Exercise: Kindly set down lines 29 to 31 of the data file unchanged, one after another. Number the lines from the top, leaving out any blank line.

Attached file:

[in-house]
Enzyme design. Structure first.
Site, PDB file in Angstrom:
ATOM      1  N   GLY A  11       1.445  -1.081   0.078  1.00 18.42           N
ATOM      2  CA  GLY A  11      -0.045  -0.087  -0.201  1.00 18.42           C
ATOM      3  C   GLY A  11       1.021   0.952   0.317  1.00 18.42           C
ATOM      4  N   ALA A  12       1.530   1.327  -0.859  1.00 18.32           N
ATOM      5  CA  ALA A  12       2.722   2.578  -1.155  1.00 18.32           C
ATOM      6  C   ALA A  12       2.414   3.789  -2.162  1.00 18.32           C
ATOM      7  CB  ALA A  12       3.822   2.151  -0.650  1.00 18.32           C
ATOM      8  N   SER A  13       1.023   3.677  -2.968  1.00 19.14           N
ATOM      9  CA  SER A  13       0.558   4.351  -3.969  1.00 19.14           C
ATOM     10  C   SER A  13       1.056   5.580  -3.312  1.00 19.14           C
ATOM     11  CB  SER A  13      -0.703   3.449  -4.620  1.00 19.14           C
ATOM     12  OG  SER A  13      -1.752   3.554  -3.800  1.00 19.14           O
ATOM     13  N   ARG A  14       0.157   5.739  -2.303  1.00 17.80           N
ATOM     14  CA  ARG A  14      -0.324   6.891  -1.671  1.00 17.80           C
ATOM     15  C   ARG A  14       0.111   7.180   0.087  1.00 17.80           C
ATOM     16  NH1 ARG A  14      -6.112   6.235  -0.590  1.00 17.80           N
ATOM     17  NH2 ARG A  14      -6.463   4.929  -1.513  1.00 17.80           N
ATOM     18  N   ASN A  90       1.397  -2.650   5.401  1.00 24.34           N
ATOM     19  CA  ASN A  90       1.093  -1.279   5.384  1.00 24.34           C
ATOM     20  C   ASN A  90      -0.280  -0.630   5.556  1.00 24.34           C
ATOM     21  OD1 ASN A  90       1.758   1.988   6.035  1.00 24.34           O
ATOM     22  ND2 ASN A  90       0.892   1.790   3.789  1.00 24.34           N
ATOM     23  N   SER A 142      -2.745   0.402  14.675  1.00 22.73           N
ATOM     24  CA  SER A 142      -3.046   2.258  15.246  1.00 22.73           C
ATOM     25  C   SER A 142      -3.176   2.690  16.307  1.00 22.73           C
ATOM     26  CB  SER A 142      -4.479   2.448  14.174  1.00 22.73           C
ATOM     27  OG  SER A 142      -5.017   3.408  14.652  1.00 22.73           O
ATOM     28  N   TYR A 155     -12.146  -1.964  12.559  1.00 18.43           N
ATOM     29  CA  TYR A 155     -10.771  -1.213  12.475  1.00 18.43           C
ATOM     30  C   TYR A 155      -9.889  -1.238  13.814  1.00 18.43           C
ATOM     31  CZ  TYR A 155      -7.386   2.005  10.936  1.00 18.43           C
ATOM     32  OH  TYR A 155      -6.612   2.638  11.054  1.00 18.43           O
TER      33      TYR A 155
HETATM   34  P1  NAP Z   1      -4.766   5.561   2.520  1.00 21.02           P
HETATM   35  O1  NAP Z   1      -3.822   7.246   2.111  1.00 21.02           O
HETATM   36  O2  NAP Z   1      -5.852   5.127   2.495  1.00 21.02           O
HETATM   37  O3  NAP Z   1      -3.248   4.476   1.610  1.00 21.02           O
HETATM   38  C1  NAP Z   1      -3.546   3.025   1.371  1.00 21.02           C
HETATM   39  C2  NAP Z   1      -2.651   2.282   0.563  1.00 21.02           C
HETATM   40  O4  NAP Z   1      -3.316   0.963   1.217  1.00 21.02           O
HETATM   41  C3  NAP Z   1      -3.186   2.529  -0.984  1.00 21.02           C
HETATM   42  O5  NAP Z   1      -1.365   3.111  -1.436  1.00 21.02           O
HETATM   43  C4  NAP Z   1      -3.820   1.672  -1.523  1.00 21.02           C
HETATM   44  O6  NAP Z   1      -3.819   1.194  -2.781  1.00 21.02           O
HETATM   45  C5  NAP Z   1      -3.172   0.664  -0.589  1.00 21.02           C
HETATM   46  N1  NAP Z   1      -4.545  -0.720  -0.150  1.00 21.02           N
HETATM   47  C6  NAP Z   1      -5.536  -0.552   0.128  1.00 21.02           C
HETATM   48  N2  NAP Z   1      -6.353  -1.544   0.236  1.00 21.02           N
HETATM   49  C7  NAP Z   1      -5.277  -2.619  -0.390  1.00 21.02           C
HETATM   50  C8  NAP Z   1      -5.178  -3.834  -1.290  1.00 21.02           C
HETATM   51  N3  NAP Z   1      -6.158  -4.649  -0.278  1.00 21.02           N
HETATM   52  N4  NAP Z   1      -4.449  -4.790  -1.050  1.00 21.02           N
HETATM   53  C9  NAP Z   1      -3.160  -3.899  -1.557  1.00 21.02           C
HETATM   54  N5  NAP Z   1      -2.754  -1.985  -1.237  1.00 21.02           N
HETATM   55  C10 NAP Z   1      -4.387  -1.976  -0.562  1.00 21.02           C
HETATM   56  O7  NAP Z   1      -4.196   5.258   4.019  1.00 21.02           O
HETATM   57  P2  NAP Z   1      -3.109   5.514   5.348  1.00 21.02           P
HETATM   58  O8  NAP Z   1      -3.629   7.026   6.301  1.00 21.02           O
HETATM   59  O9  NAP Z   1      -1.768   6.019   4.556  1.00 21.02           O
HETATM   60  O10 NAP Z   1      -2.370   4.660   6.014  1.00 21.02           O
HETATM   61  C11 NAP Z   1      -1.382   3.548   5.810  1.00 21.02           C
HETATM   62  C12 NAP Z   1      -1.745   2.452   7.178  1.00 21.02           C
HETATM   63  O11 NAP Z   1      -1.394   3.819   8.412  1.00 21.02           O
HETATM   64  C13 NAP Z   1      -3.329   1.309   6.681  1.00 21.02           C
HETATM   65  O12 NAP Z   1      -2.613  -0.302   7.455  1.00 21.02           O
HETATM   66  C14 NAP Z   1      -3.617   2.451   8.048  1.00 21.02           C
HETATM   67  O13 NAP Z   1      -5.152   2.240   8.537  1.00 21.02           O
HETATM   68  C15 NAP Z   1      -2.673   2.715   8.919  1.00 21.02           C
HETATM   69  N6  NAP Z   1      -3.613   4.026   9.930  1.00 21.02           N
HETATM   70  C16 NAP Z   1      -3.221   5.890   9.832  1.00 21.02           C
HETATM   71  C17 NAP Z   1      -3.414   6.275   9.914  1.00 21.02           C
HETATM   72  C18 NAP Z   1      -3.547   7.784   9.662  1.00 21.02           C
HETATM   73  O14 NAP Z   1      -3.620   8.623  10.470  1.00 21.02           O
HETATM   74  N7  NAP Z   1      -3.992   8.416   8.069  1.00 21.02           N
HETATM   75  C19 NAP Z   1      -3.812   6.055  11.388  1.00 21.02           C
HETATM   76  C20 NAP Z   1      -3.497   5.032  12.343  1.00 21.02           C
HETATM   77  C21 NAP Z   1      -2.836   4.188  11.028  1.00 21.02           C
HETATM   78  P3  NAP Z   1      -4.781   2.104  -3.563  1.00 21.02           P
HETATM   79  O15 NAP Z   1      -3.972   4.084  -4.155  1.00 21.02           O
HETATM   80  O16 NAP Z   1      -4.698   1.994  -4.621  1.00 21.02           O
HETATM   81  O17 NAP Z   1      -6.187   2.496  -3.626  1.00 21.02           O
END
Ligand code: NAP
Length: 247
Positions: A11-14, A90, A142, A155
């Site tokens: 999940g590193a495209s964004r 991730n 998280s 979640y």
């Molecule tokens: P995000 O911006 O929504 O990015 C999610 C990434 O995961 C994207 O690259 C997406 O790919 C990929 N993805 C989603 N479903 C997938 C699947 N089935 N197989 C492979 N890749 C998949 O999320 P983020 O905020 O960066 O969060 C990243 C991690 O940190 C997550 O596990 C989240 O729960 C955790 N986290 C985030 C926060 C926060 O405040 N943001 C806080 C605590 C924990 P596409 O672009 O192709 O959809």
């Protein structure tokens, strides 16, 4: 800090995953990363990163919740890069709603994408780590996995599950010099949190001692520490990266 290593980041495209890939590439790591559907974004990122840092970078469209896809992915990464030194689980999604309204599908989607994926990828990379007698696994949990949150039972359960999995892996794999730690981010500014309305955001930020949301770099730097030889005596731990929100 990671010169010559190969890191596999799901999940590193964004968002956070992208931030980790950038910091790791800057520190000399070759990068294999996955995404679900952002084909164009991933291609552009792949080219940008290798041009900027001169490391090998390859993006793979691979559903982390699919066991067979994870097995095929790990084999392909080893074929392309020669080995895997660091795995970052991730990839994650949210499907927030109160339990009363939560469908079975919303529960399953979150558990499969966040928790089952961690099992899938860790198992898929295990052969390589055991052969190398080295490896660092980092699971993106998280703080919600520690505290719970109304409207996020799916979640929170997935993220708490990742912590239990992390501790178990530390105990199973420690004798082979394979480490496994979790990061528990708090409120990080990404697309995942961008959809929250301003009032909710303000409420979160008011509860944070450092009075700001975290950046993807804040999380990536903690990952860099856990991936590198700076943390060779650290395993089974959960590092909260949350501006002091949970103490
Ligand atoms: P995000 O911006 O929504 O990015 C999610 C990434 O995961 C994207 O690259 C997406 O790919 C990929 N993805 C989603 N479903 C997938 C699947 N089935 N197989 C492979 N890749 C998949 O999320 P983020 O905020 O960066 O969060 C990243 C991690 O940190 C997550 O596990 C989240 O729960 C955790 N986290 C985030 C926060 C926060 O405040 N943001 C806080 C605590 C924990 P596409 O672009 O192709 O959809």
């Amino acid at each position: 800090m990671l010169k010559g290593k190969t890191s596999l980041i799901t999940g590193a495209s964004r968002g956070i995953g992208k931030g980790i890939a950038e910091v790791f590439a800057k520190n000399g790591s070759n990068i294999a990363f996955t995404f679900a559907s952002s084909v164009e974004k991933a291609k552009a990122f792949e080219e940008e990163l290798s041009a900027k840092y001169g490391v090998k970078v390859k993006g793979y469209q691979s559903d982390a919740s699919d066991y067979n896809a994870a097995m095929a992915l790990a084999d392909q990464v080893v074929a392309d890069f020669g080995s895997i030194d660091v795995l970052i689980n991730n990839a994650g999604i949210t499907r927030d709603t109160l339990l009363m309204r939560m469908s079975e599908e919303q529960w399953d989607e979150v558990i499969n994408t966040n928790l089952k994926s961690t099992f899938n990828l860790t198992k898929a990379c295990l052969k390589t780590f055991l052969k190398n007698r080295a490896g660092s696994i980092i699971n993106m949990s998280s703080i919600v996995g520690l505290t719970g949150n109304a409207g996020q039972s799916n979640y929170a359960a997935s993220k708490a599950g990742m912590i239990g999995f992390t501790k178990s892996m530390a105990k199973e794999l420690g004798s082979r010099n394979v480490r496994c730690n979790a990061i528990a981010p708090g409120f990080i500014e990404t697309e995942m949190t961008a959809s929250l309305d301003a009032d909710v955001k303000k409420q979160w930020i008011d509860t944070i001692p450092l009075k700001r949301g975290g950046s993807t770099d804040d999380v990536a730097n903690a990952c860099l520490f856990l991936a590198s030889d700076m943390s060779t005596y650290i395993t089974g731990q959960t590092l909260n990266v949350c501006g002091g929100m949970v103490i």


ATOM     26  CB  SER A 142      -4.479   2.448  14.174  1.00 22.73           C
ATOM     27  OG  SER A 142      -5.017   3.408  14.652  1.00 22.73           O
ATOM     28  N   TYR A 155     -12.146  -1.964  12.559  1.00 18.43           N